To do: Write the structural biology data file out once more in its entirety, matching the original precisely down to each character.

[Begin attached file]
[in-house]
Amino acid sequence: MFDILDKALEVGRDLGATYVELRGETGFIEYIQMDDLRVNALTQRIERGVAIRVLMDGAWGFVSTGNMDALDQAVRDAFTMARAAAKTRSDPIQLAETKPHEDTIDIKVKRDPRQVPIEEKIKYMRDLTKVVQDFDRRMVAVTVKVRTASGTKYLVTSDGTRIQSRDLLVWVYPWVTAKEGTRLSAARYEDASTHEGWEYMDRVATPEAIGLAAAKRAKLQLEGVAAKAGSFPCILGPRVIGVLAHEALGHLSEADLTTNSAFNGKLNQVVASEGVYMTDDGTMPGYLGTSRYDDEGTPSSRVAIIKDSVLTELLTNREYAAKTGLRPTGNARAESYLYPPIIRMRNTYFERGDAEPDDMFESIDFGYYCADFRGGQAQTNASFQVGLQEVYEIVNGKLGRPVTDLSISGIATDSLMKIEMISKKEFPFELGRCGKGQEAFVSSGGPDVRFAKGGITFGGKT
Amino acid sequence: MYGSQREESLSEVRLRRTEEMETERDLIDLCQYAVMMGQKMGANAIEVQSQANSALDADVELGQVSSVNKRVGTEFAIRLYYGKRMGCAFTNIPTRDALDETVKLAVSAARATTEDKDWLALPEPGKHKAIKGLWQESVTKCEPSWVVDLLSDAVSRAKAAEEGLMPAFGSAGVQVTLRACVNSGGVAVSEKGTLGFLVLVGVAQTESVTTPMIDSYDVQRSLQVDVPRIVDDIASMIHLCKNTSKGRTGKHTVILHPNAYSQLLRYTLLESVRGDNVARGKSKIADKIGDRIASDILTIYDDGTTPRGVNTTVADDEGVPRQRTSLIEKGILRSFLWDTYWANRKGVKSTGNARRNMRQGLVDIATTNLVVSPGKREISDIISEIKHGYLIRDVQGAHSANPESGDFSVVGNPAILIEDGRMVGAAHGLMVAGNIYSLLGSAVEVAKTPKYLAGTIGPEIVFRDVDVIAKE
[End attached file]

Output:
[in-house]
Amino acid sequence: MFDILDKALEVGRDLGATYVELRGETGFIEYIQMDDLRVNALTQRIERGVAIRVLMDGAWGFVSTGNMDALDQAVRDAFTMARAAAKTRSDPIQLAETKPHEDTIDIKVKRDPRQVPIEEKIKYMRDLTKVVQDFDRRMVAVTVKVRTASGTKYLVTSDGTRIQSRDLLVWVYPWVTAKEGTRLSAARYEDASTHEGWEYMDRVATPEAIGLAAAKRAKLQLEGVAAKAGSFPCILGPRVIGVLAHEALGHLSEADLTTNSAFNGKLNQVVASEGVYMTDDGTMPGYLGTSRYDDEGTPSSRVAIIKDSVLTELLTNREYAAKTGLRPTGNARAESYLYPPIIRMRNTYFERGDAEPDDMFESIDFGYYCADFRGGQAQTNASFQVGLQEVYEIVNGKLGRPVTDLSISGIATDSLMKIEMISKKEFPFELGRCGKGQEAFVSSGGPDVRFAKGGITFGGKT
Amino acid sequence: MYGSQREESLSEVRLRRTEEMETERDLIDLCQYAVMMGQKMGANAIEVQSQANSALDADVELGQVSSVNKRVGTEFAIRLYYGKRMGCAFTNIPTRDALDETVKLAVSAARATTEDKDWLALPEPGKHKAIKGLWQESVTKCEPSWVVDLLSDAVSRAKAAEEGLMPAFGSAGVQVTLRACVNSGGVAVSEKGTLGFLVLVGVAQTESVTTPMIDSYDVQRSLQVDVPRIVDDIASMIHLCKNTSKGRTGKHTVILHPNAYSQLLRYTLLESVRGDNVARGKSKIADKIGDRIASDILTIYDDGTTPRGVNTTVADDEGVPRQRTSLIEKGILRSFLWDTYWANRKGVKSTGNARRNMRQGLVDIATTNLVVSPGKREISDIISEIKHGYLIRDVQGAHSANPESGDFSVVGNPAILIEDGRMVGAAHGLMVAGNIYSLLGSAVEVAKTPKYLAGTIGPEIVFRDVDVIAKE